Dillon Burroughs

May 7, 2021

-The Western Journal


The GOP-led Texas state House approved a voting reform bill around 3 a.m. Friday after a long battle with state Democrats, making it the nation’s most populous state to pass a voting reform bill following the 2020 presidential election.

The bill passed along largely partisan lines in an 81-64 vote, according to U.S. News & World Report.

The vote came after state Democrats “spent hours questioning its author, state Rep. Briscoe Cain, R-Deer Park,” according to Fox News.

The bill prohibits the practice of sending unsolicited vote-by-mail applications and improves access to partisan poll watchers, among other provisions.

The state Senate passed a similar bill. The legislation will now require both groups to agree on a final version before it is sent to Republican Gov. Greg Abbott‘s desk to sign.

Abbott offered his support for election integrity legislation when he said in a March statement, “Our objective in Texas is to ensure that every eligible voter gets to vote and that only eligible ballots are counted.”

He added, “In the 2020 election, we witnessed actions throughout our state that could risk the integrity of our elections and enable voter fraud, which is why I made election integrity an emergency item this session. Thank you to Senator [Paul] Bettencourt and Representative Cain for their leadership on this important issue and drafting legislation to protect free and fair elections in the state of Texas.”

Rep. Jessica González, a Dallas-area Democrat and House election committee vice chairwoman, said, “I think it’s a terrible piece of legislation,” according to The Wall Street Journal.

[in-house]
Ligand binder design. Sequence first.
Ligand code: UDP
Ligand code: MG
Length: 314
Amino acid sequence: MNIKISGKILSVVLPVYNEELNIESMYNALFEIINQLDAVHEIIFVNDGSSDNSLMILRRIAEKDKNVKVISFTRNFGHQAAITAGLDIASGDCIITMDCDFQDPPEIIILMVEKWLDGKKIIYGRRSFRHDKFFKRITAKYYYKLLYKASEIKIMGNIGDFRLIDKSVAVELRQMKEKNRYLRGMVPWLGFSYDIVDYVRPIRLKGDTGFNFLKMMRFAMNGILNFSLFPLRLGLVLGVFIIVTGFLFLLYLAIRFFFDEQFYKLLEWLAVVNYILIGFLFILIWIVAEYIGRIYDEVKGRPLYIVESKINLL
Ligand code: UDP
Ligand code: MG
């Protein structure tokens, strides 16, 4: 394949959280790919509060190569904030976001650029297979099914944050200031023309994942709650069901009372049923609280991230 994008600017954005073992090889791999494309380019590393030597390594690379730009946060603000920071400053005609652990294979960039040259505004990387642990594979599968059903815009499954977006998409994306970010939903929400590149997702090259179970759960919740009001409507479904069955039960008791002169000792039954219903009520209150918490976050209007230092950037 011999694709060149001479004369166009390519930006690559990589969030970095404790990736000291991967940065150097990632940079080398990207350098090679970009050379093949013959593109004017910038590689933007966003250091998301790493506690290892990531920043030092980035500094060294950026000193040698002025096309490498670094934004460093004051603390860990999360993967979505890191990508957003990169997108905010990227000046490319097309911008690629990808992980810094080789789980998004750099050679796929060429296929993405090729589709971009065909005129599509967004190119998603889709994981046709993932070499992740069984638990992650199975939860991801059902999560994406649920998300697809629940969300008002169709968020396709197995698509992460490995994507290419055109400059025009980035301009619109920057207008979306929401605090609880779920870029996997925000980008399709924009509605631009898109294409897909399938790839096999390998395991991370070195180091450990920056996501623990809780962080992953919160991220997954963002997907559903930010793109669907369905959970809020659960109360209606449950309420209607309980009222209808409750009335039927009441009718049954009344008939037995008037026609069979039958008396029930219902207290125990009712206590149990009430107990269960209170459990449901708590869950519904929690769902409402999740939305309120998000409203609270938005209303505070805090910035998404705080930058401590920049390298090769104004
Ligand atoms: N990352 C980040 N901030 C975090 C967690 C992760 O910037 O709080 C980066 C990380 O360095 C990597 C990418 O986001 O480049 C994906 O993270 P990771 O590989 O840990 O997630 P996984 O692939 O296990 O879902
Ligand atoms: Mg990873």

Texas Lt. Gov. Dan Patrick appeared Thursday on Fox News to attack companies fighting against the bill.

On Tuesday, The New York Times reported two coalitions of companies were launching efforts to oppose the new law.

“One letter comes from a group of large corporations, including HP, Microsoft, Unilever, Salesforce, Patagonia and Sodexo, as well as local companies and chambers of commerce, and represents the first major coordinated effort among businesses in Texas to take action against the voting proposals,” the report said.

The second group includes more than 100 Houston-area executives who oppose “voter suppression.”

The Texas vote followed a new Florida law signed Thursday by Republican Gov. Ron DeSantis.

“Florida took action this legislative session to increase transparency and strengthen the security of our elections,” DeSantis said in a statement.

“Floridians can rest assured that our state will remain a leader in ballot integrity,” the Republican said. “Elections should be free and fair, and these changes will ensure this continues to be the case in the Sunshine State.”